Suddenly the cube exploded incandescently, momentarily blinding them. The Fire Storm shockwave hit Voyager five seconds later, tumbling the ship and crew. The Colonel immediately leapt to catch Seven of Nine as she fell towards him, they landed heavily on the floor, him underneath. Winston was thrown heavily from his seat as he and Carver struggled to regain control, crashing into the console as he was thrown around. Paris struggled into his place and grappled with the controls.
Conditions quietened down again as the wave receded and they regained their composure. The Colonel picked himself up and checked Seven of Nine carefully. "I am undamaged," she assured him dispassionately.
"Good," he announced, feeling a sharp pain in his ribs, "I'll check Winston, you take a look at Torrick."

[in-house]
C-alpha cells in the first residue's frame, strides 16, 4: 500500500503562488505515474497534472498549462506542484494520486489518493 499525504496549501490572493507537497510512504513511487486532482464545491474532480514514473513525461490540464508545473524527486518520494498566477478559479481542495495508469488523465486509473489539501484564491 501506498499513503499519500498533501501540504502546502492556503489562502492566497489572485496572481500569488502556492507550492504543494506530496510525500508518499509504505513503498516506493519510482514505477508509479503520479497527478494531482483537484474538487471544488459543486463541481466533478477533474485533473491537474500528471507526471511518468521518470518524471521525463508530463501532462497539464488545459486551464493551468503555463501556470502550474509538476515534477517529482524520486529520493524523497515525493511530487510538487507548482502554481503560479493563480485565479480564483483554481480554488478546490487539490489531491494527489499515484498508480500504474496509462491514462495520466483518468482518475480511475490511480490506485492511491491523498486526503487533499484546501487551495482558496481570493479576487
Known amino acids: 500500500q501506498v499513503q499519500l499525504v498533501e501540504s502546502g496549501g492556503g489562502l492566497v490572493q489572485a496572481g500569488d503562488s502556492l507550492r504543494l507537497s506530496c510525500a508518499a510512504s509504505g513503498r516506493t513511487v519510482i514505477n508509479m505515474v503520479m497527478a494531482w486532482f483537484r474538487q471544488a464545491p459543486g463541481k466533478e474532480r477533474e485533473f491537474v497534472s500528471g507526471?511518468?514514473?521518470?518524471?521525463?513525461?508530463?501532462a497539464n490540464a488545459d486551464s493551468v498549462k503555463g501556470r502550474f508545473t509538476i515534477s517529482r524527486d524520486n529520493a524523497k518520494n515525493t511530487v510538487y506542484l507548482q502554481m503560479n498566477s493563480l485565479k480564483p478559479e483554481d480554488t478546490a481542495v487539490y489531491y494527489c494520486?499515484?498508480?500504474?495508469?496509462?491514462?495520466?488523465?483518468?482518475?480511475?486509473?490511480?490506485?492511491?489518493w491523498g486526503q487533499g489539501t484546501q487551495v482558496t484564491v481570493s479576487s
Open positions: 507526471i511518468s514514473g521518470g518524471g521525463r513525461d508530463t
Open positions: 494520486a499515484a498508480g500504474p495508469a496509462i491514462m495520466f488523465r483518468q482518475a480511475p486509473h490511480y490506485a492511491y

"Damage report?" snapped the Captain.
"Coming in," Chakotay commented, "Fourteen injured, warp drive is off-line, emergency power is on and stable, a breach on deck 13, some dents, but nothing serious, Damage Control is responding" he continued.
The Colonel was kneeling by Crewman Winston, examining him carefully. "Doctor to the Bridge, medical emergency," he called, "Mr Paris your assistance, I think he has a broken back," he announced.
"You took your eye of the ball," he chided, "Now lay perfectly still."
"I'm sorry Sir," whispered the Crewman, "I didn't catch the wave properly," he made it sound like a failure.
The Colonel gripped his hand, "Hush," he said, "There is a limit to the number of impossible things that can be done in a day," he confided.
"Even for you Sir?" Inquired Ensign Kala, kneeling to assist Tom Paris.
"The only impossible thing about me Ensign," he started, "Is my inability to accept that the impossible exists at all! Now I think you have a medical bent, the Doctor will be pleased, go with Mr Winston and look after him," he announced as he moved out of the way for the Doctor to tend the patient.